The “Turks ad Moors” of North Africa and the rest of the Ottoman dominions were spreading alarm in England, Wales and elsewhere in the British Isles, especially among fisherman, sailors, traders ad the Levant Company’s representatives in Parliament. From Minehead to Dartmouth, from Bristol to Portsmouth, and from Thames where a Turkish ship was captured in 1517 to Severn into which the Turks penetrated in September 1624 and to the Isle of Lundy, their impact was felt. The news about the Turks incursions, wrote Sir Nicholas Slaning to Sir Francis Vane in September 1635, “terrifies the country.”


There was so much concern about the Turkish attacks and about the fate of English captives that in December 1640, a Committee for Algiers was appointed by Parliament whose main takes was to oversee the ransoming of English captives. Members of the Committee included a cross-section of English military, ecclesiastical and parliamentary authority: there was the Lord Admiral of the Fleet, the Bishops of London, Winchester and Rochester, and Members of Parliament chiefly (but not exclusively) from coastal arrest both in the west as well as the east of the realm.


In 1641, “An Act of reliefe of the Captives take by Turkish Moorish and other Pirates” was passed (16 Car I. c. 24), and in the next few years, further measures were take by Parliament: “Ordinance for Collection to be made for relief of Captives in Algiers” (April 25, 1643): “An Ordinance for the raising of Moneys for the Redemption of distressed Captives” (January 28, 1645): and on November 12, 1646, “An Ordinance for the Continuing of the Argier Duty, for the Releasing of distressed Captives, taken by Turkish, Moorish, and other Pirates, was this Day read the First and Second time.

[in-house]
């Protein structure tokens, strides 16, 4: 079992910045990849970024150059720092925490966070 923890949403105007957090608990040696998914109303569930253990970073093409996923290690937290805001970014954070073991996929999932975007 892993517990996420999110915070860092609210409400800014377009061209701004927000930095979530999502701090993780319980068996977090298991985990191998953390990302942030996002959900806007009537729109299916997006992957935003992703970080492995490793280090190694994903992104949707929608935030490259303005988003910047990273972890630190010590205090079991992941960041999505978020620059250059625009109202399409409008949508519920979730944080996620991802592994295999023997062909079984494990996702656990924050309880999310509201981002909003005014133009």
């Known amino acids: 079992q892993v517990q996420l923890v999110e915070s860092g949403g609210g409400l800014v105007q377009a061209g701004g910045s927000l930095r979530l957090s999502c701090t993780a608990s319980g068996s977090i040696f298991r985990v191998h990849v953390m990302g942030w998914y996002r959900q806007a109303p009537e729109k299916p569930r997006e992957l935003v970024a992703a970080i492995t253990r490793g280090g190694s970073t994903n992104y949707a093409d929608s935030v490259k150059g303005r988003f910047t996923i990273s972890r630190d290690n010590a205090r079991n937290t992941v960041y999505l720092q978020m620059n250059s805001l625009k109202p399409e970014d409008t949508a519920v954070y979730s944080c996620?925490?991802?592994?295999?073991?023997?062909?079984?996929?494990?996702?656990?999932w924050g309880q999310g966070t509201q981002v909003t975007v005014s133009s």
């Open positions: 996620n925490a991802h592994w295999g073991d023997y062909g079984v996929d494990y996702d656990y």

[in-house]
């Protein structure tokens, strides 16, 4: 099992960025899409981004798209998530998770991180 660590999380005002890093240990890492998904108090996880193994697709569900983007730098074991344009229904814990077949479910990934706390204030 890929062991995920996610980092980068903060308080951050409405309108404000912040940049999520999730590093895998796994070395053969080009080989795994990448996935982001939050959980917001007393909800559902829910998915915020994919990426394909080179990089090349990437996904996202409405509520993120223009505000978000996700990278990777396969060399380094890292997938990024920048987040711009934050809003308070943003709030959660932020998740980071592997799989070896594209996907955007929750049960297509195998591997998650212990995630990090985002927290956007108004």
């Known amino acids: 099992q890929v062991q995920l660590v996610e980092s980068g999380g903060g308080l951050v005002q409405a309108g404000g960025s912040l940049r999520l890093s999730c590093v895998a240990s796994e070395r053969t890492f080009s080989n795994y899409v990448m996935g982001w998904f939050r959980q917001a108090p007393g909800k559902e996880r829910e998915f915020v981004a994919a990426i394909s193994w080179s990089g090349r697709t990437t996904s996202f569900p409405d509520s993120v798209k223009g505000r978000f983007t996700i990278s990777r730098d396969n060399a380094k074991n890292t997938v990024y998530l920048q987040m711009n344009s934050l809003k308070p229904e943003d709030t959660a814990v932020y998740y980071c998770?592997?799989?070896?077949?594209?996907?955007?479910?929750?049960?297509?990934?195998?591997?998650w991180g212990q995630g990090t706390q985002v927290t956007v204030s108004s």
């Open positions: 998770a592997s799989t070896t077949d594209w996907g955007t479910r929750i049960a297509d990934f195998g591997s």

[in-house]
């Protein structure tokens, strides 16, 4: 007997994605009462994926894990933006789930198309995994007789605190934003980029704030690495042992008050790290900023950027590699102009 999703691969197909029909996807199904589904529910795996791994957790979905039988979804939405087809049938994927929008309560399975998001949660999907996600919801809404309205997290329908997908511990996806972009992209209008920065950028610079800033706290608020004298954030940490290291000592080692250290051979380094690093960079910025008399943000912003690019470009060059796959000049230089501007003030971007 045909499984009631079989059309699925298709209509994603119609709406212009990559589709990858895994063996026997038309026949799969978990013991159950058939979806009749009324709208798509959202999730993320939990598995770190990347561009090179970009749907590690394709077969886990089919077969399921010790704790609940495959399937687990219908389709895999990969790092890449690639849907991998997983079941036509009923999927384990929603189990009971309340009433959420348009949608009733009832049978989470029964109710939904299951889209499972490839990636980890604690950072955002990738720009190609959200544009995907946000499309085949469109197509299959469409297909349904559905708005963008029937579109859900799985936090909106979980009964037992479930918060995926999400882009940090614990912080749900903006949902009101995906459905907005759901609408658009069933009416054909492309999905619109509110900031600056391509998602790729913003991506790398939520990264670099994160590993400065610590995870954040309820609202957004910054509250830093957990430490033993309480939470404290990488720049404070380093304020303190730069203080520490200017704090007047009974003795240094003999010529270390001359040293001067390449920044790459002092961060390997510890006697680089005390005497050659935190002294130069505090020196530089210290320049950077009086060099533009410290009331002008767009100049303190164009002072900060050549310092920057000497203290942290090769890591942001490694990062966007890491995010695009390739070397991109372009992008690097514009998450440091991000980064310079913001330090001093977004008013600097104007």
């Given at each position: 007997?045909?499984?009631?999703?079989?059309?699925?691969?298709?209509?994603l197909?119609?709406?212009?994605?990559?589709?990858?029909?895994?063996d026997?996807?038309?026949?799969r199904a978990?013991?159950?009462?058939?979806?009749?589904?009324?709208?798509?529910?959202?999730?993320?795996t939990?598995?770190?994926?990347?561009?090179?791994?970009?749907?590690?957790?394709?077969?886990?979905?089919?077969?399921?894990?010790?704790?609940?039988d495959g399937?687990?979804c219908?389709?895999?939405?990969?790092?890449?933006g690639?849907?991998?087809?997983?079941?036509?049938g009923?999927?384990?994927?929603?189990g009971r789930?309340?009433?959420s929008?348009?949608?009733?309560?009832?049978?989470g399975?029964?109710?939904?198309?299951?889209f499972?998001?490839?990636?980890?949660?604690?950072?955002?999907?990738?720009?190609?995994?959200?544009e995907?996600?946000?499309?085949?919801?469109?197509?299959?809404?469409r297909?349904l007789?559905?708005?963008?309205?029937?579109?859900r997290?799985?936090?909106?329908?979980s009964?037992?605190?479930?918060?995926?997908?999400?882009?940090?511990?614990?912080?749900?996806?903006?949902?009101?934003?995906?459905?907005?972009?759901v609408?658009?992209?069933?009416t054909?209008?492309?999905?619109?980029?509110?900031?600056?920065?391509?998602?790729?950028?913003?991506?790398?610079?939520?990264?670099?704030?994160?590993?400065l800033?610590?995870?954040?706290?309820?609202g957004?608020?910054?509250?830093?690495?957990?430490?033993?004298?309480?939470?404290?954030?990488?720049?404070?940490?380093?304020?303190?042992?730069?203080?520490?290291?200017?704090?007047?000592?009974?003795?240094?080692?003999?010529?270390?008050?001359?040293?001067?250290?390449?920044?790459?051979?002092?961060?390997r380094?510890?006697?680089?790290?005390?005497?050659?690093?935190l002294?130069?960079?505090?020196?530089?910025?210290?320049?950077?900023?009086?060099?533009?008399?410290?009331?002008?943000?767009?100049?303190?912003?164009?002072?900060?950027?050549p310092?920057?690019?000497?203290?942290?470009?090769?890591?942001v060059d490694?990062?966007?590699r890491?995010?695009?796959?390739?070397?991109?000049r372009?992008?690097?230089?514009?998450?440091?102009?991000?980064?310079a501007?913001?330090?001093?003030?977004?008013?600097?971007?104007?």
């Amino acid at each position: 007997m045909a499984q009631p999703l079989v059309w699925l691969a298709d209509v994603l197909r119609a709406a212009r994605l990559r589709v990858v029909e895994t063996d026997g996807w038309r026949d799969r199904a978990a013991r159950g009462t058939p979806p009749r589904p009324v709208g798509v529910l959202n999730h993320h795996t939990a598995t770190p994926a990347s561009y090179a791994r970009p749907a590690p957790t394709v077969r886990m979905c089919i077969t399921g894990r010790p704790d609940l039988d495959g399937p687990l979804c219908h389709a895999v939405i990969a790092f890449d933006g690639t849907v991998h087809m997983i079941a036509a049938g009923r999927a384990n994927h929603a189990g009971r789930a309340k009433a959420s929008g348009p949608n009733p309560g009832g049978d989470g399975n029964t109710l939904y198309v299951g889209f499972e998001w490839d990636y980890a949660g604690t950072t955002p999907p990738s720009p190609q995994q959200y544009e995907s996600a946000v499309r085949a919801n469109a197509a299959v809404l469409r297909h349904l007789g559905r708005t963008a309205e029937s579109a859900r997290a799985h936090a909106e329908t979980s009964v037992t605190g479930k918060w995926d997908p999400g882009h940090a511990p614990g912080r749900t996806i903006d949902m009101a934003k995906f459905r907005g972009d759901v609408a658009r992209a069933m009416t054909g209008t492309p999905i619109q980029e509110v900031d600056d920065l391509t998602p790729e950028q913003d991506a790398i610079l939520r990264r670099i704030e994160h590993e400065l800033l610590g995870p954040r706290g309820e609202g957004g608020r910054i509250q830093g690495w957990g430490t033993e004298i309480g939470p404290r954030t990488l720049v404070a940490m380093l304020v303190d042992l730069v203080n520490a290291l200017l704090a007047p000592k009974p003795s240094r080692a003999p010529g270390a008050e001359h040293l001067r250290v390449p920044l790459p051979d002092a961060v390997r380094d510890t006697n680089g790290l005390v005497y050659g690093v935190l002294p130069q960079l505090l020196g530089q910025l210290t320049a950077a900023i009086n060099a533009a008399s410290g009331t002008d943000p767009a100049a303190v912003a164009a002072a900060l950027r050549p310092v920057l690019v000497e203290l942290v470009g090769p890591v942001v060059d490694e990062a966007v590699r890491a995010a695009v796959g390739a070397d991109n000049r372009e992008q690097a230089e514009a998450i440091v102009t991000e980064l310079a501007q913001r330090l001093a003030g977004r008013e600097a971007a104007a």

Throughout the 1640s, the House of Commons had to address the problem of captives and their ransoms. Even foreign refugees were given permission to collect money in England for the redemption of their kin from Muslim slavery. To many Britons, the Muslims posed a danger to all of Christendom, from Greece to England and from “Muscovy” to Ireland. During the Commonwealth and the Restoration periods, the English navy became powerful enough to force peace treaties on the Barbary Corsairs.


Still, captives continued to be taken by the Muslims: in February 1662, 300 slaves in Algiers petitioned the King for help, and three years later, the wives and families of eighty catives there petitioned him, in 1668, a patent authorized a “collection to be made in all churches and chapels for two years, for redemption of English subjects, captives in miserable slavery in Algiers, Sally, and other parts of the Turkish dominions……..


Indeed, Edward Kellet insisted in 1628 that many Englishmen converted to Islam after yielding to Muslim “allurements, rather than to their violence,” to the “baites and allurements of immunitie present, and prosperity promised,” to “their alluring Promises.” Christians, agreed Paul Rycaut, turned to Islam because of its attractions: “the imaginary honour ad privilege of a Turk” directed an “abundance of Greeks, Armenians, Jews, and all Nations” to Islam. Others converted to Islam because the preferred it to their own religion. Many a Christian, wrote the author of The Policy, “is by his own choice and voluntaire motion….circumcised” and this, he noted, happened “often”. A century later, Joseph Pitts confirmed that such conversion was still taking place” “Many there are that do so turn [to Islam] out of Choice, without any Terror or Severity shewn them. Both Pitts and other writers used “voluntary” to described Christian conversion to Islam: Blount referred to the “voluntary Renegadoes” and so to did John Rawlins and Barhtolomeus Georgievits. 


In the treaty between England and Tripoli in 1676, Sir John Narborough, who negotiated on behalf of King Charles II, included the following article:  That no Subject of the King of Great Britain, & c. shall be permitted to turn Turk or Moor in the City and Kingdom of Tripoli, being inducted thereunto by any surprizal whatsoever, unless he voluntarily appear before the Dey or Governor with the English Consuls Druggerman three times in twenty four hours space, and every time declare his resolution to turn Turk or Moor. Conversion to Islam had been so easy that it was necessary for Narborough to make it hard on his compatriots. 

Source: Islam in Britain, 1558-1685 Nabil Matar Cambridge University Press, Jan 7, 2008 – Religion 

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